For many years, IT solution providers have used cost savings – be it price breaks, increased productivity and lowered downtime, efficiency over end-of-life technology – you name it, to pique customers’ interest during technology sales. But using that lure with cloud can be risky, and in a recent article on InfoWorld, columnist David Linthicum explains his perspective on why ROI is a no-no when it comes to cloud pitches.
In a nutshell, he lays out the challenge as such: “Cloud computing avoids hardware and software investments, and because you pay only for the resources you use, the cost of those resources should align directly with the amount you require. Those assumptions sound great, but the resulting ROI calculations are drastic oversimplifications of the problems the cloud is there to solve. In fact, these ROI calculators confuse businesses about the real value of the cloud and mislead both IT and business units.”
To expand on that, I hear constantly that cloud saves money – Cut your CAPEX here! – and I worry that ROI is the value proposition too many IT providers are leaning on. Don’t get me wrong, cloud CAN save you money – in particular situations. Some customer will lessen their reliance on the infrastructure investments already made – which can lengthen the lifespan of those components. Customers just launching a business can avoid investing in hardware – or buying as much as they used to need. Storage costs can drop; security costs may, too. But the bottom line is that ROI of cloud is highly dependent on the type of business using it, the kind of cloud they are using, and the role it plays within their business operations. Plus, if a customer is investing – note that word, please – in a private cloud, costs may actually increase. If a client is working on a hybrid model, all things may stay even as they save on in-house storage and security but pay for space in the cloud. Completely public cloud may save some cash, but how about the heightened security needs that customer may have to address? You probably don’t need more examples.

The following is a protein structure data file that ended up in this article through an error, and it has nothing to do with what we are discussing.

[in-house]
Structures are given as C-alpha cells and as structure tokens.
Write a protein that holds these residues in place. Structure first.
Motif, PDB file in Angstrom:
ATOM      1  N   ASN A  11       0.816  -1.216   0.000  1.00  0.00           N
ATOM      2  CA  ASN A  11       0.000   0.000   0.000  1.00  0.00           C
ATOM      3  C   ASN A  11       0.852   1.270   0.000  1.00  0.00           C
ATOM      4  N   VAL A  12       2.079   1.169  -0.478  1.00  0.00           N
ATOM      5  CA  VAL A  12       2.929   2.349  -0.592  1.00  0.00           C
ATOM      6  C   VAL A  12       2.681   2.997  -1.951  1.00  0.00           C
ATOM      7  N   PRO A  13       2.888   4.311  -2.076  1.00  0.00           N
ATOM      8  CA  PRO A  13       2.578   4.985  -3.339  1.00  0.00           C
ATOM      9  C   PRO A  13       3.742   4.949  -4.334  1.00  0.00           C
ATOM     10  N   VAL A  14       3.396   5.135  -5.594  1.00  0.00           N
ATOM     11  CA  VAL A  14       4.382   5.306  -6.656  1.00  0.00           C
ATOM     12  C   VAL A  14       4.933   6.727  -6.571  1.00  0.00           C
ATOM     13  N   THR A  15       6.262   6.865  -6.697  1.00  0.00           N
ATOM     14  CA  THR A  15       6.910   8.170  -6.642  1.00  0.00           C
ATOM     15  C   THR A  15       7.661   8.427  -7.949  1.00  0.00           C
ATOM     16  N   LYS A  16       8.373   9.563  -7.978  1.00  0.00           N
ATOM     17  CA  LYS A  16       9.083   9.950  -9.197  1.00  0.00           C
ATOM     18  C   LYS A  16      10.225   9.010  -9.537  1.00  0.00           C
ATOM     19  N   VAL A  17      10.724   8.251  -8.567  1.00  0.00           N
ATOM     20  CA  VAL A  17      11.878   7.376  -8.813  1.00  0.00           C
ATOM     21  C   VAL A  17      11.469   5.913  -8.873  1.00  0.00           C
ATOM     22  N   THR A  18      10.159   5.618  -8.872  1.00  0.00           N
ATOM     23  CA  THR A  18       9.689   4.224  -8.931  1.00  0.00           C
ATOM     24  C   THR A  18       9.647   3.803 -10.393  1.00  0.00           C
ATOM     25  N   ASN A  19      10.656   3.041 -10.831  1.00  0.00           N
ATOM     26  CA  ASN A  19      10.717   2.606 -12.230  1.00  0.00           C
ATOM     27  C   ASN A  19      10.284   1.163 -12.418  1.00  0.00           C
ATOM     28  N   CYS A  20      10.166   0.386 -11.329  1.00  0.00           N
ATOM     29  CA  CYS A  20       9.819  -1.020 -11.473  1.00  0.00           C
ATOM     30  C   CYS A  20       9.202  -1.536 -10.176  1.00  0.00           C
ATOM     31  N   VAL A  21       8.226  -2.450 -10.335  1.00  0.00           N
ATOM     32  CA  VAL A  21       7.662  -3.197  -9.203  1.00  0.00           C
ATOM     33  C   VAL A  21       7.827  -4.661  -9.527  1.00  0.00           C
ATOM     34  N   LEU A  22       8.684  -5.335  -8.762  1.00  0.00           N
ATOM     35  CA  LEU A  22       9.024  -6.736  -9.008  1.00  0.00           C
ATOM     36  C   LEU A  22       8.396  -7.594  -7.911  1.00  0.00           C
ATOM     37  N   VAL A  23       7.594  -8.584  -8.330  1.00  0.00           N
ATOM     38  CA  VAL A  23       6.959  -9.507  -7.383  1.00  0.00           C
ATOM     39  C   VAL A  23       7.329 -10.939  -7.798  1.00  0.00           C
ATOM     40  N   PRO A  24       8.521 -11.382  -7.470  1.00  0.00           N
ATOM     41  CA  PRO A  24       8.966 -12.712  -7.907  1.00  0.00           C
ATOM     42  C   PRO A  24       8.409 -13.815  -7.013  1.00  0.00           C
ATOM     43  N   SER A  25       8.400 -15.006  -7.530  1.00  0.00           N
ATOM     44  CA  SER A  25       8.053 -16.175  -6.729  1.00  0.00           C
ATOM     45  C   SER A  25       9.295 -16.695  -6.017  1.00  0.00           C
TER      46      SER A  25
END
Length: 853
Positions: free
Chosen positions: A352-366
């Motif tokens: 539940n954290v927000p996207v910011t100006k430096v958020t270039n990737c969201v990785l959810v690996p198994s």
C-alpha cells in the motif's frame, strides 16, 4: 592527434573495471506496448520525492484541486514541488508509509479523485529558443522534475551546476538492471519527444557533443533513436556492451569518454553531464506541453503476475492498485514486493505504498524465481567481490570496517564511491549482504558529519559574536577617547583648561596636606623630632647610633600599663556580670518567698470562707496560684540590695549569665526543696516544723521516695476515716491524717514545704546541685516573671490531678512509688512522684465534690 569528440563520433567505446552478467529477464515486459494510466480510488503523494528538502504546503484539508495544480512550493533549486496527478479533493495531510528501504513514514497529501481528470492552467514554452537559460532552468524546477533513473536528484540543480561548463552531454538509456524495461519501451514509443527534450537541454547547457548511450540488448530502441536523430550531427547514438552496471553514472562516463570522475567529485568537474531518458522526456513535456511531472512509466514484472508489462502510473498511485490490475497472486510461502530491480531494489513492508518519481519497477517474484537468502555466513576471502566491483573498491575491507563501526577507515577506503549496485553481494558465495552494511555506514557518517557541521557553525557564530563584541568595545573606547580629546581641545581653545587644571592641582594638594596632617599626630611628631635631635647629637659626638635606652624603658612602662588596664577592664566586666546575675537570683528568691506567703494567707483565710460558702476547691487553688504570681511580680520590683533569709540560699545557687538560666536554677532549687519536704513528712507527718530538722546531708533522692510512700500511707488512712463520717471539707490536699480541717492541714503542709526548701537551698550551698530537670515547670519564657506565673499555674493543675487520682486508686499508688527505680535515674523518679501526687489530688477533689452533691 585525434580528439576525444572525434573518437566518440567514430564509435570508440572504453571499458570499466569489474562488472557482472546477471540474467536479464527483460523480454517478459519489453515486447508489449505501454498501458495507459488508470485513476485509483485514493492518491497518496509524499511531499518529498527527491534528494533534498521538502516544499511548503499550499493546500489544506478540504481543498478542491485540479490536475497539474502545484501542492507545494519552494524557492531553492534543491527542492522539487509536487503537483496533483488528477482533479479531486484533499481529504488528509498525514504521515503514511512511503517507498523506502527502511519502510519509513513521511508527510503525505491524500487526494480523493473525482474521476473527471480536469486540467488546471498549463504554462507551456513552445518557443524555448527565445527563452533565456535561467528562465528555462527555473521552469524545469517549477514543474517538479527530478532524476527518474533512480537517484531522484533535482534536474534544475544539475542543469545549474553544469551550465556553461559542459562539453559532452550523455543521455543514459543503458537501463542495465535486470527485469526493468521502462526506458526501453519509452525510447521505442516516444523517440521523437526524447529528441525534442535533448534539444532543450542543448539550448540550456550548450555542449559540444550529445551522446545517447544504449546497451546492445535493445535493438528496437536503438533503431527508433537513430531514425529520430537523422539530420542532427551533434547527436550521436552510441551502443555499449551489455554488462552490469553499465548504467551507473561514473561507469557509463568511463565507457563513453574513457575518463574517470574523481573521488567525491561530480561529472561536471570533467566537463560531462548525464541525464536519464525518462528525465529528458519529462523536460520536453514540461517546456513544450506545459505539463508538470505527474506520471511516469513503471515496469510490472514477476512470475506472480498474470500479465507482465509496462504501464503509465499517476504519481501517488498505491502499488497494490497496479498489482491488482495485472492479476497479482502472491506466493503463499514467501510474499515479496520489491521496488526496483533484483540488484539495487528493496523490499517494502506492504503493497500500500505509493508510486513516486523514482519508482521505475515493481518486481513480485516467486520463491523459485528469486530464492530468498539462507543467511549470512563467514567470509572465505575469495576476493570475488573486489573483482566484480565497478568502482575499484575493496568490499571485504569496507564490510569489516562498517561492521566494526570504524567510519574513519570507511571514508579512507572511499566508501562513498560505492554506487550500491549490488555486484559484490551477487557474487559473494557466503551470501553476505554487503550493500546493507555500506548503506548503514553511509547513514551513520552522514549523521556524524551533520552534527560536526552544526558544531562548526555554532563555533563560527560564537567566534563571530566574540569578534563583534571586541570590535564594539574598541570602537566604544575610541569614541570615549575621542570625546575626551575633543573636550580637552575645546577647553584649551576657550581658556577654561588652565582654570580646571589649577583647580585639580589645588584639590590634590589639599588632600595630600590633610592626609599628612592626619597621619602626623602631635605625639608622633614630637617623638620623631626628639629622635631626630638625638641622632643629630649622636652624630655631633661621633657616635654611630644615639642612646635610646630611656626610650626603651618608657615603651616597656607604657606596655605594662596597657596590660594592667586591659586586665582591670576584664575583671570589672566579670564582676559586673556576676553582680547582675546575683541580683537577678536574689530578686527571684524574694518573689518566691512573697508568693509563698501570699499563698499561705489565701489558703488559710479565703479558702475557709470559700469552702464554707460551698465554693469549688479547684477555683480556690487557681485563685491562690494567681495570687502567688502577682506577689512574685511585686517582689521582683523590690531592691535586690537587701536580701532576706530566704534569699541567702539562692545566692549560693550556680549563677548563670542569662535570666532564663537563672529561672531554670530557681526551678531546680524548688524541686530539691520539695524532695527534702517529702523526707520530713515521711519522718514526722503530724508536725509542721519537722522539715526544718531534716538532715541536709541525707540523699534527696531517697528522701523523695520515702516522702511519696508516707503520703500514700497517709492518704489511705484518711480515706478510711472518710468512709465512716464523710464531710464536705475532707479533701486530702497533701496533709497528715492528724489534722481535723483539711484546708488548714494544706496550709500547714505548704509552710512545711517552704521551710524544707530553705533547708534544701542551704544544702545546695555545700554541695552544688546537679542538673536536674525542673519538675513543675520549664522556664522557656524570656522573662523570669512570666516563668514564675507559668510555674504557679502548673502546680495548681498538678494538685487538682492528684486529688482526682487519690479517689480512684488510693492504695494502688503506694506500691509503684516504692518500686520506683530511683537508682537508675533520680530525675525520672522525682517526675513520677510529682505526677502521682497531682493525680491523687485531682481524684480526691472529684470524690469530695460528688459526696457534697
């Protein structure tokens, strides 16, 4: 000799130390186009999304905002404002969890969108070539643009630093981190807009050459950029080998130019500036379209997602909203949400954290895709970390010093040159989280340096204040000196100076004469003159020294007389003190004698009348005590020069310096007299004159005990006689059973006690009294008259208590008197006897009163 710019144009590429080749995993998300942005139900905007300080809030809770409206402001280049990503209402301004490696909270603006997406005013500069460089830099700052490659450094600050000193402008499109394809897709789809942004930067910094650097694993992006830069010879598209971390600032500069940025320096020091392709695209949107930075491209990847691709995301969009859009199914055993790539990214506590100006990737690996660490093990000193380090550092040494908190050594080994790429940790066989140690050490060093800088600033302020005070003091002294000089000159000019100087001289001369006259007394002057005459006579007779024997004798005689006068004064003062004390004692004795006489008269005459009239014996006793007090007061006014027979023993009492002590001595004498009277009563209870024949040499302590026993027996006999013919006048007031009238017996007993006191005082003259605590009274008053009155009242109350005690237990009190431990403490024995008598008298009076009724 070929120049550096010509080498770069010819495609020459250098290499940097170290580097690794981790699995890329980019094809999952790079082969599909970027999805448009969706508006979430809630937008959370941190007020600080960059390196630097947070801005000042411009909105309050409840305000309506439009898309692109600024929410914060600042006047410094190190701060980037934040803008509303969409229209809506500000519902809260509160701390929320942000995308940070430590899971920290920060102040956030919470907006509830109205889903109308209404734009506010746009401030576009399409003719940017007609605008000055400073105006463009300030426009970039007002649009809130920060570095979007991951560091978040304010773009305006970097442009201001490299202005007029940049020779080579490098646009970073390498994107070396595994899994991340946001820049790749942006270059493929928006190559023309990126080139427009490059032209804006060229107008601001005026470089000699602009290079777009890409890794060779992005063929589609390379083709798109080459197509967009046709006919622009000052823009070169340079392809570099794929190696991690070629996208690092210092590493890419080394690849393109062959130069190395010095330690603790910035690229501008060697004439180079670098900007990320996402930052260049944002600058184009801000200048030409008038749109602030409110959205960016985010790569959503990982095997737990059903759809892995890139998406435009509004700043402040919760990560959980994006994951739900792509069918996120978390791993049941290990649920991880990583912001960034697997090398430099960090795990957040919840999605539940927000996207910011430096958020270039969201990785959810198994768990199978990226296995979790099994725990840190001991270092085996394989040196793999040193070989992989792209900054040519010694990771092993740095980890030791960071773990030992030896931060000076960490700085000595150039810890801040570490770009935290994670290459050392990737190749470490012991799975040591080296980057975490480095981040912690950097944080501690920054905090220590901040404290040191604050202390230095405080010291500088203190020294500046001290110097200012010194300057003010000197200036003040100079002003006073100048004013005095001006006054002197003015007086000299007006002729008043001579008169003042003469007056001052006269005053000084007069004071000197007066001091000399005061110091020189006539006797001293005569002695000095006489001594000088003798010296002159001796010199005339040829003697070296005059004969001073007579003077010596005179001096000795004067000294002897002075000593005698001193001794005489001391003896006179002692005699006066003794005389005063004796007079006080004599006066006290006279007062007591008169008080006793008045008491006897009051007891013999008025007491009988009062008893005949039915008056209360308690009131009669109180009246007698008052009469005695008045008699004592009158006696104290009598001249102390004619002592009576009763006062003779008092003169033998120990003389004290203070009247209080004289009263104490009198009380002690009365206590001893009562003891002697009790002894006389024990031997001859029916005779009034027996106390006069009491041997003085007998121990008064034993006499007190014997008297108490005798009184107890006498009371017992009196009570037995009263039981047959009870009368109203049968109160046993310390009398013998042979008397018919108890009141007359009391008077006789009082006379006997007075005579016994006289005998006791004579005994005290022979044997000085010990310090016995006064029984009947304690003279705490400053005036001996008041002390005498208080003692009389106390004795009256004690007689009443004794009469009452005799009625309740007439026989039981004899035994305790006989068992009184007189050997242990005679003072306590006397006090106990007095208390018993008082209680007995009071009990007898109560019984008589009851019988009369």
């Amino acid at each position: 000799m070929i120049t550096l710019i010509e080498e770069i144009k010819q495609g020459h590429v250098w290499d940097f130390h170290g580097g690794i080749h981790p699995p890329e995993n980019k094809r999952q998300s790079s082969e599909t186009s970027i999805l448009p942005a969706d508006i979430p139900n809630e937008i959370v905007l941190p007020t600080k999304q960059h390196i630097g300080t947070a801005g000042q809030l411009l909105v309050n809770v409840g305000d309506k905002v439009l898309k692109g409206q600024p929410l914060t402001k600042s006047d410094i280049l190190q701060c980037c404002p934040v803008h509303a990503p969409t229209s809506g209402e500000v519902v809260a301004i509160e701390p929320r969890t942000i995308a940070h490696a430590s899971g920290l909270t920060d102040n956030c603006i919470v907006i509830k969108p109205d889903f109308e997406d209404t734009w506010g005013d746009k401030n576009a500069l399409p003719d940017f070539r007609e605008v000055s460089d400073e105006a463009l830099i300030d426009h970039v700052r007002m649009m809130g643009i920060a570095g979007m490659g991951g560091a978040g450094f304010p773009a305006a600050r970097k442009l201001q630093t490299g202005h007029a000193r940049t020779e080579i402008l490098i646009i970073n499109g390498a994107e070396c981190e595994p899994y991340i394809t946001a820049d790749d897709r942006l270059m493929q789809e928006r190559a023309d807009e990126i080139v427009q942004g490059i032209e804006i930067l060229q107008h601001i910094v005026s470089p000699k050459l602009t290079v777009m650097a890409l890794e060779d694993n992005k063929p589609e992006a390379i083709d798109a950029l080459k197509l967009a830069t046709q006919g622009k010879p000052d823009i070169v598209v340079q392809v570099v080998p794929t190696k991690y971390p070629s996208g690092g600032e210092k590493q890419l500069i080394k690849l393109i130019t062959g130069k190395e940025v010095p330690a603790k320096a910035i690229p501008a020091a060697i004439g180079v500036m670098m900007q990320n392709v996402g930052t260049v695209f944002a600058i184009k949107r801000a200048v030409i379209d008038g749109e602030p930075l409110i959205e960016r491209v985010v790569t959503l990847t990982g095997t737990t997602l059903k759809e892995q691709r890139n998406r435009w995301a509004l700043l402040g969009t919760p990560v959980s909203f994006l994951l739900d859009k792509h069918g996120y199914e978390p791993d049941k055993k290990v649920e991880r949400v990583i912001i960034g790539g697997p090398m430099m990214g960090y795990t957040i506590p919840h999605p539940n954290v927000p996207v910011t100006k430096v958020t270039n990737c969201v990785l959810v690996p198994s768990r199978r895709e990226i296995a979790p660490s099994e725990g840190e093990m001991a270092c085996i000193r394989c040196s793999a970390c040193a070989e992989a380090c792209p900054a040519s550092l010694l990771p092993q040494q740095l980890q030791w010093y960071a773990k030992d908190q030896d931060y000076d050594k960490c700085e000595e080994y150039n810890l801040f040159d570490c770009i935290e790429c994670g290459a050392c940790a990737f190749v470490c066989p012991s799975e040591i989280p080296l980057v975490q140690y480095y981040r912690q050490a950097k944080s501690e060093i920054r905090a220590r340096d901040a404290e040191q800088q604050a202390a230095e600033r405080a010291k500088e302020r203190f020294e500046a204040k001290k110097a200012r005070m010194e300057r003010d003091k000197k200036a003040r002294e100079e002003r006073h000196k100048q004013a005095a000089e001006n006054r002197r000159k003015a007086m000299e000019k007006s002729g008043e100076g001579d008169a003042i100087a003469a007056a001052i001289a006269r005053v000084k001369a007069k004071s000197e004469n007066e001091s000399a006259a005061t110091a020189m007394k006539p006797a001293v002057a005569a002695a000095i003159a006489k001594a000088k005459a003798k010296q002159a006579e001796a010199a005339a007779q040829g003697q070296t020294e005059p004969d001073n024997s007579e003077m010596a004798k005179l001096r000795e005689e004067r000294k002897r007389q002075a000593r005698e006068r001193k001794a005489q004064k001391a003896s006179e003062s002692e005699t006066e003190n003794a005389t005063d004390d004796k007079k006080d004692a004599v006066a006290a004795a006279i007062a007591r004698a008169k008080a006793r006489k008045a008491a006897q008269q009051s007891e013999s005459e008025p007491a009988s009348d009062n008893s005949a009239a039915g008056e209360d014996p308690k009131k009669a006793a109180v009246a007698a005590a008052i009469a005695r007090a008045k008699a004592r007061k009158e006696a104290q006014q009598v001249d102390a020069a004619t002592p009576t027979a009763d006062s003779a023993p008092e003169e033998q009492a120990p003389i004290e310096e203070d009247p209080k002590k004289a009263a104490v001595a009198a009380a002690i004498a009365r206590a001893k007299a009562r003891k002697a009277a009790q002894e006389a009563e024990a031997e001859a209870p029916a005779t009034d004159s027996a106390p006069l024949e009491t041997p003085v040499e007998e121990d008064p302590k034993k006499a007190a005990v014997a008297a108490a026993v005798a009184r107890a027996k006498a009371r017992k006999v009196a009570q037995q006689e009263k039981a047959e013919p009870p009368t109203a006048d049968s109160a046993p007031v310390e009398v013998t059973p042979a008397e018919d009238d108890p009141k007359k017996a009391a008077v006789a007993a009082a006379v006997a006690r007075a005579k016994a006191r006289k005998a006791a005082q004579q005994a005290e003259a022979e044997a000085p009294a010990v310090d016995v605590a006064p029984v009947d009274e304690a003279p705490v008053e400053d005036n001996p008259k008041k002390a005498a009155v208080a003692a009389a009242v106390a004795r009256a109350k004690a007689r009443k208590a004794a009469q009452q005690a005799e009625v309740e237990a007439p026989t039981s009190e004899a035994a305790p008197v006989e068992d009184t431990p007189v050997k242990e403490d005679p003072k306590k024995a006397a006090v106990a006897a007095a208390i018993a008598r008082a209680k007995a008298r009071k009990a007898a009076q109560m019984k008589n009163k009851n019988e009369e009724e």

All in all, I agree with Linthicum: “The ability to determine the ROI of cloud computing is not a simple modeling exercise, as most people seem to think. To truly understand and calculate the business values of using cloud computing – public, private, or hybrid – requires a complex and dynamic analysis that is unique to the problem domain you’re trying to address. In other words, the value of cloud computing depends directly on the type of business, the core business processes, and the specific problems you’re looking to solve. Additionally, you need to determine how much value you truly get from the increased agility and scalability that are core benefits of cloud-based platforms.”
The lesson for providers – to understand and pitch cloud solutions on the true value of cloud. Its flexibility and ubiquity offer you a stable value to present customers of all sizes – just remember to consider where cloud can best benefit each client on an individual basis.